Author: Aimee Carter (Twitter)
Publisher: Harlequin Teen
Publish Date: November 26, 2013
Genre: YA, Dystopian
For Kitty Doe, it seems like an easy choice. She can either spend her life as a III in misery, looked down upon by the higher ranks and forced to leave the people she loves, or she can become a VII and join the most powerful family in the country.If she says yes, Kitty will be Masked—surgically transformed into Lila Hart, the Prime Minister's niece, who died under mysterious circumstances. As a member of the Hart family, she will be famous. She will be adored. And for the first time, she will matter.There's only one catch. She must also stop the rebellion that Lila secretly fostered, the same one that got her killed and one Kitty believes in. Faced with threats, conspiracies and a life that's not her own, she must decide which path to choose—and learn how to become more than a pawn in a twisted game she's only beginning to understand.
These days, it seems as though dystopian novels are a dime a dozen and, for the most part, we don't complain because such stories offer us this incredible glimpse into a potential future society; albeit fictional. However, over time, we've watched as many dystopian novels have become watered down and mere shells of what the genre implies. Luckily for us, Pawn does no such thing. Offering readers a broken, fragmented society, a young heroine with the the entire world hanging in the balance and a shot at the ultimate redemption for all, this novel embraces what the dystopian genre us and clings to its shattered reality.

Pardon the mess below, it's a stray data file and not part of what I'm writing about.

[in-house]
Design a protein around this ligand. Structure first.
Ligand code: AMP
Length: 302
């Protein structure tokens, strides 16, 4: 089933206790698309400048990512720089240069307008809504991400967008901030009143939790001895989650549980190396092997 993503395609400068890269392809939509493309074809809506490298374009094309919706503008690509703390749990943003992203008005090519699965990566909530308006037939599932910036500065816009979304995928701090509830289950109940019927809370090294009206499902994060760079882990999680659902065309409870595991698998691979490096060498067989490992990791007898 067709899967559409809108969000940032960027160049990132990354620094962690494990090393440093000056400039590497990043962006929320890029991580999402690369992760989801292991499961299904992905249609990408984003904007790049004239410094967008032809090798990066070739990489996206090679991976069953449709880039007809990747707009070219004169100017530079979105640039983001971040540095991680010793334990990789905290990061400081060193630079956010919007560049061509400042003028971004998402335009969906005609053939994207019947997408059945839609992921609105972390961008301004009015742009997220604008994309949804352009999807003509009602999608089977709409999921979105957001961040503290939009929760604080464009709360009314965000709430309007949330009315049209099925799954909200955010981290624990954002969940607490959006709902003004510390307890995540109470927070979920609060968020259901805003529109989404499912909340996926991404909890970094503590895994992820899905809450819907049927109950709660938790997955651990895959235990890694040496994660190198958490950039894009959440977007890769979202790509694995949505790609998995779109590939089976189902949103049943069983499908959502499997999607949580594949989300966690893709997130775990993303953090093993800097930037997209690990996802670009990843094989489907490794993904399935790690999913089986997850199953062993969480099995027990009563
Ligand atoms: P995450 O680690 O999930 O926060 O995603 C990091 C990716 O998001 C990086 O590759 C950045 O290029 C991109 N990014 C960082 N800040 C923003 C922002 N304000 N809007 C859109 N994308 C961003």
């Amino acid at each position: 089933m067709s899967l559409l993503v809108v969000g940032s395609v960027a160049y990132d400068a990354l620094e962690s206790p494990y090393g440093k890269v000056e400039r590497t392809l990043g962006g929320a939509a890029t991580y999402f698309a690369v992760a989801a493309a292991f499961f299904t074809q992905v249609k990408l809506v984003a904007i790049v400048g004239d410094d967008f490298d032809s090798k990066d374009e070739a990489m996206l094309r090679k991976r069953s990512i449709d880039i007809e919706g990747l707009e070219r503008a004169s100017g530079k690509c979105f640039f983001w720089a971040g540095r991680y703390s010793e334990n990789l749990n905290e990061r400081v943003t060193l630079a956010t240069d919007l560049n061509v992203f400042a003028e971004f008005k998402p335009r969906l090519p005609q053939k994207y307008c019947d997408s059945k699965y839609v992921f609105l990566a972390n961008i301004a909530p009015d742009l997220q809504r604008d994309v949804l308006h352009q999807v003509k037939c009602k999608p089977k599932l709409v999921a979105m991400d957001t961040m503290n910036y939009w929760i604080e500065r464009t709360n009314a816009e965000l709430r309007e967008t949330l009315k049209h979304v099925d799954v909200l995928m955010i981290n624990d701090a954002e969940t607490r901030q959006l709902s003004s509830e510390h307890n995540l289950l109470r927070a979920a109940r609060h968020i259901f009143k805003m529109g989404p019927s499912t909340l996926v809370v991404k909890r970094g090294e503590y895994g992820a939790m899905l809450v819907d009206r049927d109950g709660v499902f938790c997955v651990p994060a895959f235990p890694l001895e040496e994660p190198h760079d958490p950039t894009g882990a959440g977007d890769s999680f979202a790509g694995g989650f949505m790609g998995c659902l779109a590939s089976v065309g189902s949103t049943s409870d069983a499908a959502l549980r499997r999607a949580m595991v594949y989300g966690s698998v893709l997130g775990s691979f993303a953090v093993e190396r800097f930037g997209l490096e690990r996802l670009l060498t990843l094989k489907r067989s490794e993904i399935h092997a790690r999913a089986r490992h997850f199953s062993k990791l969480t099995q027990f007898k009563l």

I've read The Goddess Test series by Aimee Carter before, so I was certain we would be given a world in which we could lose ourselves yet again, and I wasn't disappointed. While not altogether different than other different dystopian backstories, Pawn welcomes us into a world in which a test administered to teens determines their future in either poverty or the elite. There is a clever twist to this test though, giving readers a more snide and sadistic turn to this rather commonplace backdrop. There is a score in the novel which a person can get that transforms them into something else entirely. It means their past is erased, their future is pre-determined, and they are funneled down one path alone.
Kitty, for the most part, is an incredibly likable and accessible protagonist. Throughout Pawn though, we watch as she's transformed into this new person and, in doing so, almost becomes another being entirely. While we can sense that she is the same person, as her moral compass remains intact, we watch as her disposition is slowly but surely altered to fit that of her new identity. Sometimes quiet and comfortably normal, it is a pleasure for us to watch as her status is elevated, and she has the opportunity - and power - to change the future of her people.
Pawn plays host to a whirlwind plot, as well. The pacing is superb, and we're never in one place or one time for too long. Just as we think we know enough, we're thrust into a new scenario, a new plot twist, or another carefully and strategically-revealed secret. Each element is planned out with precision and leads us to the next, but it does so without offering too much foreshadowing so as to give anything away. There is a sweet love interest in this story, but it was refreshing to find that, while it plays a significant role, it's not the end-all, be-all by any means. It was, however, established at the forefront of the story, which I found a bit out of place.
Overall, I was really quite impressed by the depth of Pawn. Ms. Carter has most definitely tightened up her writing style since her previous novels, and the prose itself is clear and fluid. Despite the minor hiccup with the relationship development, I enjoy the story. I give it a 4 out of 5, and I highly recommend it to fans of YA, especially those who enjoy dystopian novels.
I received this book free of charge from the publisher in exchange for an honest review. This, in no way, affected my opinion or review of this book.